If you can apply the words “Always” and “Never” to your team's playoff series, then you know it went wrong. Example:
“The Penguins are ALWAYS on the powerplay. But they NEVER score”
“The Penguins ALWAYS came out guns blazing in the first period. But they NEVER could score.”
“Ryan Malone was ALWAYS a dick, but the Pens NEVER got him out of MAF’s mouth.”
You get the point. This series was Always and Never.
The Penguins were Always going to be in this series, but they Never were going to win it.
When we look back on this series all summer, we will remember three things:
The series-changing Game 5 embarrassment.
The Penguins going 1-for-34 on the powerplay.
As we said, and as everyone probably feels, there is nothing worse than losing a playoff series.
Even if it is in your church's kickball league, it stings.
Where a lot of the sting lies from this playoff elimination is in the fact the Penguins were up 3-1 in the series. Going into the playoffs, no one had any expectations, given who was missing. But after James Neal’s OT goal in Game 4, a trip to the second round was so close you could vomit on it.
All the Penguins had to do was win one out of three games — two of which were at home — to advance.
And then came Game 5. A complete and utter beatdown by the Lighthing and the turning point of the series. Game 5 was a nightmare. And it was also a wake-up call for the Lightning. There just was no recovering from it.
The other major issue was the powerplay, and we’re sure it will be discussed at incredible lengths over the next 6 months, as it should be. Anytime you go 1-for-34 at something, you’re fucked. That is no different here.
Look back at the Stanley Cups run in '09. Almost every single series had a huge powerplay goal you can think of off the top of your head.
Bill Guerin’s Game 2 OT goal against the Flyers in the second round.
Crosby’s opening goal in Game 7 in Washington.
Gonch’s powerplay goal in Game 3 against the Wings was huge and gave the Pens the lead for good in that game.
The powerplay struggled all season long, so this didn't really come as a surprise. The Pens didn’t have their top guns, but dear God. If they had generated at least ONE MORE POWERPLAY GOAL, they may have won the series.
And it dragged us into Game 7. The Pens had the first three powerplays of Game 7. You could not have asked for anything better. They even had a powerplay with less than a minute to play.
But the powerplay failed, and for the next 6 months all we will think about is Dominic Moore making the same pass behind the net that he did in Game 6 to Sean Bergenheim.
Of all the people, it wasn’t St. Louis, Stamkos, Levajoke, Gagne.
It was Dominic Moore and Sean Bergenhem.
The first goal of Game 7 means everything usually. The Lightning sat on it the rest of the game.
The Penguins didn’t have a single odd-man break or breakaway the entire game.
Dominic Moore, man. Two straight years.
The Pens move to a shocking – choke city like – 2-6 in Game 7's
In an overview, there is much more good that will come out of this series than the initial stomach pain we felt moments after. The powerplay will be addressed, and addressed big-time. The Penguins completely ignored this issue, which has its roots in last season. Now Ray Shero will look at 1-for-34 all summer long.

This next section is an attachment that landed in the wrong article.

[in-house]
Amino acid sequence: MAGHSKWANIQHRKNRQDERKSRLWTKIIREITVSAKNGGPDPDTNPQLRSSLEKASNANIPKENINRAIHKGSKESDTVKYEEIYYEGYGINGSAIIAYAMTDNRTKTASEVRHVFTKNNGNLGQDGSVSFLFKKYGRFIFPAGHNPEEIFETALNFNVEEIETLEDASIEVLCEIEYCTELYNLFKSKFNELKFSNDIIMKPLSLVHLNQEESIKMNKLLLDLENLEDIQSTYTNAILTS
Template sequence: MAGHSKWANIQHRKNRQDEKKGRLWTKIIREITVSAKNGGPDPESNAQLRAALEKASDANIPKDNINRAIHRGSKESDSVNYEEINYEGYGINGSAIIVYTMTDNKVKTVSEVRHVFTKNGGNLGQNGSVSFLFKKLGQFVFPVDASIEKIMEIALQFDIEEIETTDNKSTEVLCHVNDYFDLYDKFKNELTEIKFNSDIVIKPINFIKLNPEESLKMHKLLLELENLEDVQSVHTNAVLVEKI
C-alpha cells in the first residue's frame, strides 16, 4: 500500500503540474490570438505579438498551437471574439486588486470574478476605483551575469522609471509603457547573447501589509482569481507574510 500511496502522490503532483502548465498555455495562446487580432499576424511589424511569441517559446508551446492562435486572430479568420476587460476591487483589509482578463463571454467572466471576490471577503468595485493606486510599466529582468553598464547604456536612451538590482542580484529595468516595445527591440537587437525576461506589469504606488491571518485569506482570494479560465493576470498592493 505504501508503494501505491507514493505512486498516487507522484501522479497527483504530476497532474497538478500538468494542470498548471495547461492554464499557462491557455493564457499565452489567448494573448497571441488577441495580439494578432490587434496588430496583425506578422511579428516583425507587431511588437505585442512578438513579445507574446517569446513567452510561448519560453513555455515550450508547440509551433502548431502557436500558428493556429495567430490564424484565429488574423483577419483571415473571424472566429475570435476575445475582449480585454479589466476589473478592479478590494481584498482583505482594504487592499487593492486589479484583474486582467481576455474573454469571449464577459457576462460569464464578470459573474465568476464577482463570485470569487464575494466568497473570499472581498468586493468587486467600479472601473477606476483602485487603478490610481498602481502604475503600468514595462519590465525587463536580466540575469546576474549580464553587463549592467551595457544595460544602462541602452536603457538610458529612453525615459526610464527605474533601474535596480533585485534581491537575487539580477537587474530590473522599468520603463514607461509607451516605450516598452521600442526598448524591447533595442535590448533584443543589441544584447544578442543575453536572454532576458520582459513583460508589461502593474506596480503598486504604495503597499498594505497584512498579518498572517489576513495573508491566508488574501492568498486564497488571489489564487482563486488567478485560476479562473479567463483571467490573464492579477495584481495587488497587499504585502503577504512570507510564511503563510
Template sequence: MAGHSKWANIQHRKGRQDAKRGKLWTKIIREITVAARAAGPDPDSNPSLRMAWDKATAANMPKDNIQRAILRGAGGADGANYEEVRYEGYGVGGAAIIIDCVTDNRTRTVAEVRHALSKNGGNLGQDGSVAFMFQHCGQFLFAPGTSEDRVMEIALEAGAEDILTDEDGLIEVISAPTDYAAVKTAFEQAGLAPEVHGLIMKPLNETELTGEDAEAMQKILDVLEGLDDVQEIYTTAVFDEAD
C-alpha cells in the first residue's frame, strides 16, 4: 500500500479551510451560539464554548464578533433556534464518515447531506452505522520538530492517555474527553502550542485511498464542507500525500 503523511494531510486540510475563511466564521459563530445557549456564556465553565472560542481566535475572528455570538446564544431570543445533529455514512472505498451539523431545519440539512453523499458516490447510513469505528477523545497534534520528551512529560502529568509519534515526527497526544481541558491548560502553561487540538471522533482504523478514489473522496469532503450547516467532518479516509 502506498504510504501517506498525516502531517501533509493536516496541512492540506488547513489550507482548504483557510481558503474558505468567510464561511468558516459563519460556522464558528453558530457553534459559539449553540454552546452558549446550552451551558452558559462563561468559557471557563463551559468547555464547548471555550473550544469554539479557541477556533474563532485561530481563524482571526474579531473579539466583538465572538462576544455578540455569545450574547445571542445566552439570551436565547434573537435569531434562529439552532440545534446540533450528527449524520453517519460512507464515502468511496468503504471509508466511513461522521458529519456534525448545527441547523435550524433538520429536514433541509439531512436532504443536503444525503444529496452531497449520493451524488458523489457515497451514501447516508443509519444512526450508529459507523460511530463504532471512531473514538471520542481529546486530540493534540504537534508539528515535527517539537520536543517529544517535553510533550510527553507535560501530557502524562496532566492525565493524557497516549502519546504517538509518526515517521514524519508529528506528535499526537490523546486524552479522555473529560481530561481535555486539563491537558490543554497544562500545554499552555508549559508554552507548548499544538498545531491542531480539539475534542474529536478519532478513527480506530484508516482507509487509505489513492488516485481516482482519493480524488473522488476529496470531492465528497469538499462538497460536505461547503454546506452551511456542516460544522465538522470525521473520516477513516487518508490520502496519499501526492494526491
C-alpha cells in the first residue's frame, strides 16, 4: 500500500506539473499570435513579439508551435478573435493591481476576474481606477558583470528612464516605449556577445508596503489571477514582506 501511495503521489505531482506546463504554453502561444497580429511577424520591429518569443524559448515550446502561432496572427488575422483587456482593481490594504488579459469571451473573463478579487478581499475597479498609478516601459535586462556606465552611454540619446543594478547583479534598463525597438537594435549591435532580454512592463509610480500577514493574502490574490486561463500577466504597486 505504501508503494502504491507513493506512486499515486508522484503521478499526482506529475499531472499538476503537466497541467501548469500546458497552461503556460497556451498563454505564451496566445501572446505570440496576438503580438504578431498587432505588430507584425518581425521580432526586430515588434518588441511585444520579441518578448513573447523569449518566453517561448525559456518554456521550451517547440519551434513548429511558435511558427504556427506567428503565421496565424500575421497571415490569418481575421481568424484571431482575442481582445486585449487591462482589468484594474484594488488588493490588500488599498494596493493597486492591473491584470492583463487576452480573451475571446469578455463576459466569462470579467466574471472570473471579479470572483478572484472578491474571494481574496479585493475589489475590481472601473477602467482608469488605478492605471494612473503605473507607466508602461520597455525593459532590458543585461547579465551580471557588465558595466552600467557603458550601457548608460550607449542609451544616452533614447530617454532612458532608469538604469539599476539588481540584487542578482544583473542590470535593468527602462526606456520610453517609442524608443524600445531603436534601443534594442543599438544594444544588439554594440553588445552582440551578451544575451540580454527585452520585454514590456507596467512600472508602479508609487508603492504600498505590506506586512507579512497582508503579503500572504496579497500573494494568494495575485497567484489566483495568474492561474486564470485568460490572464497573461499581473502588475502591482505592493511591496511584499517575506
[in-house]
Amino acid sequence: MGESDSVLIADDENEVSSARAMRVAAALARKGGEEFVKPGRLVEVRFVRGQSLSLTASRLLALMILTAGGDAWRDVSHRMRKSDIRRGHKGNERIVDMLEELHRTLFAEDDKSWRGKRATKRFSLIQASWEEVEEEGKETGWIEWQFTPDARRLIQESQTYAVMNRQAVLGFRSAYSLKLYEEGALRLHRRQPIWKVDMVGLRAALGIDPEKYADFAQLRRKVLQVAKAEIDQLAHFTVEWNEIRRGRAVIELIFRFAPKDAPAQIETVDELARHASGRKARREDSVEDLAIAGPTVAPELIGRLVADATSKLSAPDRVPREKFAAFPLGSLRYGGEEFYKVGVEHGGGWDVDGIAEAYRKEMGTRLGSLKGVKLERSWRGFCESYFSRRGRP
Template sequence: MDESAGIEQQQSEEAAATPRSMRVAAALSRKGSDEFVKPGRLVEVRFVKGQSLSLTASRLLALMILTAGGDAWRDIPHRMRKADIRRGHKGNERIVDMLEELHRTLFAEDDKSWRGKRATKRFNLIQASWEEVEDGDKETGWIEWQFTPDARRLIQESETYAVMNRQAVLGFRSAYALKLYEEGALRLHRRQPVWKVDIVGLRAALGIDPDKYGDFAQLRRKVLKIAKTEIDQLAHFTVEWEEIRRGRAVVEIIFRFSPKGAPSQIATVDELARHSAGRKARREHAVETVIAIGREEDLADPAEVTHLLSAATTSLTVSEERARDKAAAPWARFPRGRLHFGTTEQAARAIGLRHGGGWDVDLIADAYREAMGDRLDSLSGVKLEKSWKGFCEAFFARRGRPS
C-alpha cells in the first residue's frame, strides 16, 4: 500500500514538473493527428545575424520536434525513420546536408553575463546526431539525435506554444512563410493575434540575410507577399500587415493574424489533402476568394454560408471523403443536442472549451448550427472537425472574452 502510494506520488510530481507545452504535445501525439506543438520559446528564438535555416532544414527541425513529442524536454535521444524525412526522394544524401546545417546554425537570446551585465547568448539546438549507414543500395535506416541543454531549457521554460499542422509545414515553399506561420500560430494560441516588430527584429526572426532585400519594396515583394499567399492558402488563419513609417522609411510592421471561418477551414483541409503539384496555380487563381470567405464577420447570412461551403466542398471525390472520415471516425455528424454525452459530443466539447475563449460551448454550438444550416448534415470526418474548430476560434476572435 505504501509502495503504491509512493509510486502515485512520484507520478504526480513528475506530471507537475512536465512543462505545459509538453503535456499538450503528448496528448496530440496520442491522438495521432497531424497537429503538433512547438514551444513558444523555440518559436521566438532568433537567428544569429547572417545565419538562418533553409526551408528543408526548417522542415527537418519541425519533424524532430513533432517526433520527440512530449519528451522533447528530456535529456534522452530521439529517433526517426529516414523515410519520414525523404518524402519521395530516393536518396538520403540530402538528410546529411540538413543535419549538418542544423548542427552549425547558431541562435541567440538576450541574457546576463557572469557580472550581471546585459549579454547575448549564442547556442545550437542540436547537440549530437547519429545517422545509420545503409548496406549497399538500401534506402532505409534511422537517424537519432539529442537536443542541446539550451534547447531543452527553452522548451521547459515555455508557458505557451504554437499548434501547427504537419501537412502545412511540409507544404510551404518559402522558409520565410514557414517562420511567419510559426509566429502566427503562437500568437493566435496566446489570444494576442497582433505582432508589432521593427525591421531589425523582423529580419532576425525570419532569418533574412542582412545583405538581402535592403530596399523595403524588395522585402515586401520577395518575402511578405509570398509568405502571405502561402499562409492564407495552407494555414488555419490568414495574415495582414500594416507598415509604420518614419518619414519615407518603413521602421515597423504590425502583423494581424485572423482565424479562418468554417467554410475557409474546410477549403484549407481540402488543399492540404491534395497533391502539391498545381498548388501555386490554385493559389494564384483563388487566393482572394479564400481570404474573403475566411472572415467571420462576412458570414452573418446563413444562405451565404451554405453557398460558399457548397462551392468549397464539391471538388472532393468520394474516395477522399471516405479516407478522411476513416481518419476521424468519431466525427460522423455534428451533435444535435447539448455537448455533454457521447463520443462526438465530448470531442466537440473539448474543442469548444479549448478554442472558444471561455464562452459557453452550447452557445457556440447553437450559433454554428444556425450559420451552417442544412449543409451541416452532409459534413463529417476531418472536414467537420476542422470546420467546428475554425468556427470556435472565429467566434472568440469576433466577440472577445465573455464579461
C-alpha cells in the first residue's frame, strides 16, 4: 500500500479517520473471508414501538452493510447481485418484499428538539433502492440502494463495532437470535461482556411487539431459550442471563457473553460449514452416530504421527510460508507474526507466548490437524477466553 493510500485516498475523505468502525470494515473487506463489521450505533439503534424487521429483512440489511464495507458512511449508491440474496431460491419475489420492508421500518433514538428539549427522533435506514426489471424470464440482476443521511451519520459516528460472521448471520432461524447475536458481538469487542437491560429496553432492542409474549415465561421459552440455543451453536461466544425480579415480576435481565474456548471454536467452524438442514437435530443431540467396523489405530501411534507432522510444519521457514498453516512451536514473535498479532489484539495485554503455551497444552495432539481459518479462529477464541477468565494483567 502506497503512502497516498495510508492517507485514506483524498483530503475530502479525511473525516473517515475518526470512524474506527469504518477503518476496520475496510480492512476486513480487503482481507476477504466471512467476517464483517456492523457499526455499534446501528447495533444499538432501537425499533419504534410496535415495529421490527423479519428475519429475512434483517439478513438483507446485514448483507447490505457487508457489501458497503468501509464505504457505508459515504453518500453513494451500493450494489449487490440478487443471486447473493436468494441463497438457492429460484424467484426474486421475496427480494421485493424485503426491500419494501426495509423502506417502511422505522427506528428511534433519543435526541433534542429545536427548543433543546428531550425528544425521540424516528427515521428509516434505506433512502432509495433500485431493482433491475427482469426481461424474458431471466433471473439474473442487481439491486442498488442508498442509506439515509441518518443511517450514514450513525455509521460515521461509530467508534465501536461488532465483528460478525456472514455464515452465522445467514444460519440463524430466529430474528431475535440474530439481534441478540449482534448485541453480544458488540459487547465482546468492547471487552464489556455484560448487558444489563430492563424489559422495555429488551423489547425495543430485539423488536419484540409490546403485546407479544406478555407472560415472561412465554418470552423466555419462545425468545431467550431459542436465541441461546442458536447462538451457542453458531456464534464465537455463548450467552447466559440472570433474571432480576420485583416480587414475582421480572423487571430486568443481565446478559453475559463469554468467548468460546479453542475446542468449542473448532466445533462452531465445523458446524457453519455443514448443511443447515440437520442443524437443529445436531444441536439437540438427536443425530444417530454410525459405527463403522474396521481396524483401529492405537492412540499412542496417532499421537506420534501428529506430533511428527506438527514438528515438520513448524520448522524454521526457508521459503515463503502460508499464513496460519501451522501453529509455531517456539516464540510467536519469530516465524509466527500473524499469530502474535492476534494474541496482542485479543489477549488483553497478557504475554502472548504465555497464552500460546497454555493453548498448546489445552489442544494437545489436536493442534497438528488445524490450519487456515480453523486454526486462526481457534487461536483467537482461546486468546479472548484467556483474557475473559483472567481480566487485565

The loss also gives Malkin and Crosby complete time to recover and stew on the fact they couldn’t be there to play. If you watched the Chicago/Vancouver series, there was a play in Game 7 that reminded us of Crosby and Malkin. It was the will of Jonathan Toews on the game-tying goal. He had the will — and more importantly the skill — to make an incredible individual effort to tie the game; a play only superstars make. The Penguins didn’t have that. But next year they will. Next year, half of the team won’t be hurt for 10 games at a time.
No questions asked, it's Martin St. Louis city. He didn’t really show up in the last few games, but that is probably because the Penguins did everything in their power to shut him down. By default, that opened better matchups. He kept the Lightning alive when they weren’t showing up. Unreal series for him considering that he can’t even ride roller coasters.
This one is tough, but as the rule pretty much goes, when a 3-1 series lead is blown, it falls on the coach.
We think Dan Bylsma did a hell of a job this season.
He should win the Jack Adams.
Iif he doesn’t, they shouldn’t award it anymore.
But the playoffs are a different story. It's true that Bylsma didn’t have a stable of guys to go to, but we’ll wonder for a while if he should have went with at least one lineup change in the final three games or maybe if he should have made at least one adjustment. Guy Boucher did. Boucher tightened up his D.
It may not have mattered, but when you blow a 3-1 series lead, the questions will linger for long after. Why not mix up the lines? Why go with Matt Mistakenan all series when he was on the ice for pretty much every big goal the Lightning scored?
Everyone's a coach, and everyone will say what they would have done differently, but it really does not matter at all. All we'll say is that there should have been some kind of move made after Game 5. Something. Anything.
After some time, we'll take a look back at this season.
There was 24/7, Crosby's streak, the Classic, Columbus.
It already cheers us up thinking about the ride we've all taken this season.
In the meantime, we still have Wilkes-Barre to follow.
They're preparing for the second round of the playoffs.
Nothing but thank-yous to everyone for every photoshop, e-mail, Twitter link, et cetera city.
The offseason will be normal. We’ll be covering the draft and free agency.
We already have a Crosby Rumors post ready for when he announces he is coming back.
We’re already pumped for next season.
We may not post anything until July 1st. Who knows.
Godspeed. See you in September.
–Derek, Adam, Rick, Eric, Stoosh, and Stephen S.